Kimberling City occupies several ridges and valleys where Missouri Highway 13 crosses the heart of Table Rock Lake. You would have a hard time finding a place where the installation of a sewer system was more difficult and expensive per customer, due to the steep and rocky terrain and the necessity of pumping the wastewater collected in each valley over the hills to eventually reach the treatment plant.
Kimberling City grew from almost nothing to a population of nearly 5,000 since the completion of the dam that created Table Rock Lake in 1959. Permanent residents and vacationers are attracted to the scenic beauty and the lake’s clean water. Preserving the water quality of the lake (or at least slowing its perhaps inevitable decline) requires modern sewer treatment, rather than the use of septic tanks and leach lines, a technology unsuited for Ozarks geology.
By 1990, Kimberling City’s citizens were well aware that septic systems and a few small treatment plants were inadequate, and regulators were properly concerned about the effect of poorly treated sewage on Table Rock Lake. With assistance from state-sponsored financing mechanisms, Kimberling City went forward with a plan to build a modern wastewater collection and treatment system. E. T. Archer Engineering designed the system and Leo Journagan Construction Company was awarded the contract for the excavation and laying of the sewer lines. Archer was to look over Journagan’s work during the course of the project.
Kimberling City sued Journagan, claiming that the collection and pumping system was not constructed as designed. Journagan’s defense was that Archer, as the City’s engineer, inspected the sewer lines as they were laid and approved Journagan’s work. The City, according to Journagan, had accepted Journagan’s work, so that Journagan was not responsible for fixing it. The trial judge agreed with Journagan and entered a summary judgment, so that the City didn’t get to have a trial.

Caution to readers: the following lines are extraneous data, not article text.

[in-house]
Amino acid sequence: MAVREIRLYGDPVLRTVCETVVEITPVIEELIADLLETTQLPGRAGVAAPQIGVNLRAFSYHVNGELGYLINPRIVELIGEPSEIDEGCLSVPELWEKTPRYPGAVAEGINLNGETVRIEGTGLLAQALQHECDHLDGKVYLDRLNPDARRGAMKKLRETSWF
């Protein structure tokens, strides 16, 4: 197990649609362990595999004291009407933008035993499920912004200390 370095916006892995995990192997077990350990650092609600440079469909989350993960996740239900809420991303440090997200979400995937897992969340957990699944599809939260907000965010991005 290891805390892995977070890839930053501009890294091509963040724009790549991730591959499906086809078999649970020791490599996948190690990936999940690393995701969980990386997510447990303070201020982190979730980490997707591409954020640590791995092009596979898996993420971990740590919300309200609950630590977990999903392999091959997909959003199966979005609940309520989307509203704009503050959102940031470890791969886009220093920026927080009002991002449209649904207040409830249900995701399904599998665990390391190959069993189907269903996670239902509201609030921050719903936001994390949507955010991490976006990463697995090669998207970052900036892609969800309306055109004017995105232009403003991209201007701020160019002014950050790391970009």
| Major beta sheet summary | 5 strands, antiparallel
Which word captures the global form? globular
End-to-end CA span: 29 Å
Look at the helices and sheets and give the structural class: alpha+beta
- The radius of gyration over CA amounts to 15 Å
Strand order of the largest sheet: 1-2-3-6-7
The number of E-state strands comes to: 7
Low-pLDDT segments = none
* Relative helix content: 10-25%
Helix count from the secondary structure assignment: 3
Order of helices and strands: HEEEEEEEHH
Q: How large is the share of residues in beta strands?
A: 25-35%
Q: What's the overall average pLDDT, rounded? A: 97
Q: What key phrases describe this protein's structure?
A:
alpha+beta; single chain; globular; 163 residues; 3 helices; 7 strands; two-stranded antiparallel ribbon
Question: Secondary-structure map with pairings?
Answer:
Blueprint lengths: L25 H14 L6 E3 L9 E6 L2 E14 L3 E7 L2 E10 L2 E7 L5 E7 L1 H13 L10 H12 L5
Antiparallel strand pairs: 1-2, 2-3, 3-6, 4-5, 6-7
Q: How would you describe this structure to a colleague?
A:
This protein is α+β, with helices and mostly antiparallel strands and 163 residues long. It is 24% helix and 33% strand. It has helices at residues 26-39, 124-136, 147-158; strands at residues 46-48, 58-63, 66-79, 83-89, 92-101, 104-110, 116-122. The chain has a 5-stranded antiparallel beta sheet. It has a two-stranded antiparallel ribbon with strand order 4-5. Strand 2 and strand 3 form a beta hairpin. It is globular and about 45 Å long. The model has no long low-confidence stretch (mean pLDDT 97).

The City appealed, and the Southern District of the Missouri Court of Appeals in City of Kimberling City v. Leo Journagan Construction Co., reinstating the case in the trial court.
The appellate court based its holding on the contract language indicating that the engineer’s inspections do not relieve the contractor of its obligations to comply with the construction plans and specifications. While the engineer may have been a representative of Kimberling City, the contractor’s obligation to perform could not,be excused just because the engineer didn’t spot bad work before it was covered up with rocks and dirt. The Court of Appeals wrote
The representation to the third party [Archer, the engineer] does not provide a basis as a matter of law that Journagan had complied with the Contract Documents. Thus, it cannot be the basis for summary judgment.
While the opinion of the Court of Appeals was based on the contract language, the holding of the opinion makes sense generally: a contractor should be responsible for defective work, even if the defective work wasn’t noticed by an inspector. Otherwise, contractors would have a great incentive to bribe, mislead and distract inspectors, to the detriment of the taxpayers.
Small cities are run by volunteers, who depend on consulting engineers, contractors and financial advisors to guide them through multi-million dollar contracts, which impose large financial burdens on their citizens. Those who financially benefit from these municipal projects should be held to a standard higher than whatever they can get by with. The Court of Appeals recognized that Kimberling City should have its day in court to attempt to show that Journagan’s work was not built as designed.
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